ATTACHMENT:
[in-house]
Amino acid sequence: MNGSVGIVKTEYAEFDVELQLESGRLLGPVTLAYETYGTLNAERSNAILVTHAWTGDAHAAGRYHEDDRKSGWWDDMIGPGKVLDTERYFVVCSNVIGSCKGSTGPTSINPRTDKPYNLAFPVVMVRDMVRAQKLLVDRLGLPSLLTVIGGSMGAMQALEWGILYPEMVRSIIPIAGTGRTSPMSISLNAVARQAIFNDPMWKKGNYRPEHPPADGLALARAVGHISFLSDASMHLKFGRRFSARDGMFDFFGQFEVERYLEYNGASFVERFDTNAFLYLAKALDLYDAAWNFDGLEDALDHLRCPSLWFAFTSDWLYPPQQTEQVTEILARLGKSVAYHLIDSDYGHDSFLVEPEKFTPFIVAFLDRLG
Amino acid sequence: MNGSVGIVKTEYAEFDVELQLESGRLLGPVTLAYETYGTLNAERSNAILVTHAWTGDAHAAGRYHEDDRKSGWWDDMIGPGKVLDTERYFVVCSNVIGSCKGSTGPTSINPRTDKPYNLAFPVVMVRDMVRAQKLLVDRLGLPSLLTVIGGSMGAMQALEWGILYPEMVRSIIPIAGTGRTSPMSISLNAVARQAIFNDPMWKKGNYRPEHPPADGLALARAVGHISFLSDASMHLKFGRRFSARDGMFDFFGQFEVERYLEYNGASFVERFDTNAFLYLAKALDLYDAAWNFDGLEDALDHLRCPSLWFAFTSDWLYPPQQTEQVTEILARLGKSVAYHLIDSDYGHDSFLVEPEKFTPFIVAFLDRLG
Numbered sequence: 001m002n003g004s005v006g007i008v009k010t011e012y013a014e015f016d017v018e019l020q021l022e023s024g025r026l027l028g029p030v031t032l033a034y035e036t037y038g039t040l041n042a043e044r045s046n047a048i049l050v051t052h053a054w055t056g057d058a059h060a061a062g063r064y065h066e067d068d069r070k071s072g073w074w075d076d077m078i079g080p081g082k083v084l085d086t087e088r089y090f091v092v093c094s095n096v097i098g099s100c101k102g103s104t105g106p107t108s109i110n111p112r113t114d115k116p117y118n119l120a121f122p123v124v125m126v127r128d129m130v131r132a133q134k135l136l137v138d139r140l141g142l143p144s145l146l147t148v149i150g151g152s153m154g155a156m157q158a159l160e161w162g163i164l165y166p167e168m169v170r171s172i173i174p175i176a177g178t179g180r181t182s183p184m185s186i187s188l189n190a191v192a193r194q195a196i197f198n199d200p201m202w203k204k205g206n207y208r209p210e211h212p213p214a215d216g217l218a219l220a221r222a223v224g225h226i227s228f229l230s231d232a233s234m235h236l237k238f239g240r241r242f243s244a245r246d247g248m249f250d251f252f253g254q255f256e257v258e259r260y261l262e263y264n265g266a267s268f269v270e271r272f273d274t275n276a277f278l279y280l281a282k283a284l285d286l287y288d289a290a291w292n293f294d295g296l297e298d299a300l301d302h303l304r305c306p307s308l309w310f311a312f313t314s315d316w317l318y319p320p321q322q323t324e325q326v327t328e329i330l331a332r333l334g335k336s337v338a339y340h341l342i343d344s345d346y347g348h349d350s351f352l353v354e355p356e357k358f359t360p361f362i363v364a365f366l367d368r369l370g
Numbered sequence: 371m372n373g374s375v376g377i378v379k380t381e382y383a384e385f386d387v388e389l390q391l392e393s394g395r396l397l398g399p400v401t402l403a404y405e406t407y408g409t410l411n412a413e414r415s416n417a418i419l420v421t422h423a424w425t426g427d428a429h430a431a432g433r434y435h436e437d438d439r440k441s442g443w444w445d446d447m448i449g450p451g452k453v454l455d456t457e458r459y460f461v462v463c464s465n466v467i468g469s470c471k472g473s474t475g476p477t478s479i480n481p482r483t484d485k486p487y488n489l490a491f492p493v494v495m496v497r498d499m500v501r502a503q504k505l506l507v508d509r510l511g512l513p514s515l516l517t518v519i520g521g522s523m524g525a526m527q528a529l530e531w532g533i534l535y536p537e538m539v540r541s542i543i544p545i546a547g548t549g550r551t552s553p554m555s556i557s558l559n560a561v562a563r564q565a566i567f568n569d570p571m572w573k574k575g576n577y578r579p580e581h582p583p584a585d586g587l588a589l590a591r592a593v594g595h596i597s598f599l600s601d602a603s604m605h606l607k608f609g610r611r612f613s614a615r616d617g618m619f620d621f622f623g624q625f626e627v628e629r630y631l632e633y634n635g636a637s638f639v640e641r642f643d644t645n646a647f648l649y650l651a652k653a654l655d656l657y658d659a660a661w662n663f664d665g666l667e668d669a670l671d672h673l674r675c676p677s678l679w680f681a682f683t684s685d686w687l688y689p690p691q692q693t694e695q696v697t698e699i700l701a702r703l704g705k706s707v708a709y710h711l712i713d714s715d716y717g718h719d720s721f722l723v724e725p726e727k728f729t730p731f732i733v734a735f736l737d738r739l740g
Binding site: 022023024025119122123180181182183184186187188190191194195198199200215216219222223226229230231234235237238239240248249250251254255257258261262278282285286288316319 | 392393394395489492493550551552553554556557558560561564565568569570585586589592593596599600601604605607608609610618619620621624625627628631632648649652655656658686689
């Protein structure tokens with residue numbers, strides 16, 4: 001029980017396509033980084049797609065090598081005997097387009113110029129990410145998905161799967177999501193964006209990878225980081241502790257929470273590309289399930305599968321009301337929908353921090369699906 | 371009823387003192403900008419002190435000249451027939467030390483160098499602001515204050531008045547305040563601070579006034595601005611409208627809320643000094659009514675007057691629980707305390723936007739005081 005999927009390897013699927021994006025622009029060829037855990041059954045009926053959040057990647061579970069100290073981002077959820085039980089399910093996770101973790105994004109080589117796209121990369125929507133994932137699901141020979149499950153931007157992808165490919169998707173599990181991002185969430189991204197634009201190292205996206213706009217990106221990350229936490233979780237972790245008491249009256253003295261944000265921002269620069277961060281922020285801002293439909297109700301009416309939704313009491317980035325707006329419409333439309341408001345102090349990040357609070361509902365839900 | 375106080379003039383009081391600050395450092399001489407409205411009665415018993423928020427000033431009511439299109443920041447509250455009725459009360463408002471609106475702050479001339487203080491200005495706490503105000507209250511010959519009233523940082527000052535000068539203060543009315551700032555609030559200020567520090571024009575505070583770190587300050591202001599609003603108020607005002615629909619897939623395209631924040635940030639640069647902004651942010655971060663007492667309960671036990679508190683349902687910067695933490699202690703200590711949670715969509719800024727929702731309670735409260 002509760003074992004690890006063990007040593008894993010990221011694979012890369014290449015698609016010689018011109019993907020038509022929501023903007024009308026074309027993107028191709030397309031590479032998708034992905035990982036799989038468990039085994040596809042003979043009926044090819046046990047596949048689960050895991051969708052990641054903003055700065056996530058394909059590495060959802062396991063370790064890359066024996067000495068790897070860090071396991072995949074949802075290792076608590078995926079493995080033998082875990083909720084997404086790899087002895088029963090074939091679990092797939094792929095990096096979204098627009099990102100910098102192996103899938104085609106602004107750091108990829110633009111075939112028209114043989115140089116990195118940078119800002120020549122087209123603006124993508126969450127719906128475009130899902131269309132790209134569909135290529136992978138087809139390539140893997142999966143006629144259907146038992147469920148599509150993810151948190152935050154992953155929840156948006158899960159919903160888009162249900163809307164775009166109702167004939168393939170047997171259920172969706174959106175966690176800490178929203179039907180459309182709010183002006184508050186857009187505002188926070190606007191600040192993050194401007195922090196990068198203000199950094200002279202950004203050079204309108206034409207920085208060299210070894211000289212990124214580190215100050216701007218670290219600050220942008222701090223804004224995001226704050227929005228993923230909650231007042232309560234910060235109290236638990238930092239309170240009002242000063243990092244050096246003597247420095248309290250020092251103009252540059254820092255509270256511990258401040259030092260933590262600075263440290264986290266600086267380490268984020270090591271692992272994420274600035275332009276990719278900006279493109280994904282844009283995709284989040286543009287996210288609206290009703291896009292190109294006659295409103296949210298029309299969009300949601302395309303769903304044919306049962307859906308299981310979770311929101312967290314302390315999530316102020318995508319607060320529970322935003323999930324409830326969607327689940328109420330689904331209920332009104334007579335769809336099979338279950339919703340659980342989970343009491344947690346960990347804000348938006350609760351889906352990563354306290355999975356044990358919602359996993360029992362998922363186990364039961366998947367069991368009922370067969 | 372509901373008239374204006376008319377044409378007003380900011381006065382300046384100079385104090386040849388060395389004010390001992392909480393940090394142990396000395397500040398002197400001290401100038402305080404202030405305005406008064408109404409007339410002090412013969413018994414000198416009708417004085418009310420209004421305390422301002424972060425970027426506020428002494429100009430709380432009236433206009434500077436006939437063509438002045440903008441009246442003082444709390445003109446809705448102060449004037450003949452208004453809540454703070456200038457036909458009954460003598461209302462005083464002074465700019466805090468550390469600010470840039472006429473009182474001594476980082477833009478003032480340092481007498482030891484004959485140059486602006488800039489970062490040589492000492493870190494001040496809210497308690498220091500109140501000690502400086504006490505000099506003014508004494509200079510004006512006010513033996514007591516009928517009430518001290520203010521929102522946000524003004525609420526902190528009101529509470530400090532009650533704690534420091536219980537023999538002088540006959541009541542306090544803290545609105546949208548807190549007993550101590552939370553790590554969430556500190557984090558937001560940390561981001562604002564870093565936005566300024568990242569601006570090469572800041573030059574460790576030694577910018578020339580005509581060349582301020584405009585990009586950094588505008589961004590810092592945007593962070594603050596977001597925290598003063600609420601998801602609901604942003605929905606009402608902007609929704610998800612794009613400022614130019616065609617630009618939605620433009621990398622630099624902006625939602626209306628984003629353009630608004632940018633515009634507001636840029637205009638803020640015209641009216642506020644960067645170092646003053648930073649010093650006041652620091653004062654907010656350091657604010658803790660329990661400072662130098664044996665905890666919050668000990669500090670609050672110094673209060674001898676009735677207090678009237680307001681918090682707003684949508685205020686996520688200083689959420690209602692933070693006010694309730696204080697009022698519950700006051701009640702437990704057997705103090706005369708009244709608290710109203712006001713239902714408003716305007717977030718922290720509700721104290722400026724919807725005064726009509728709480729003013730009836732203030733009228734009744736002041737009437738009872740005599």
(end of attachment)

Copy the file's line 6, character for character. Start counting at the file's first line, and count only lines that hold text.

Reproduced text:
Binding site: 022023024025119122123180181182183184186187188190191194195198199200215216219222223226229230231234235237238239240248249250251254255257258261262278282285286288316319 | 392393394395489492493550551552553554556557558560561564565568569570585586589592593596599600601604605607608609610618619620621624625627628631632648649652655656658686689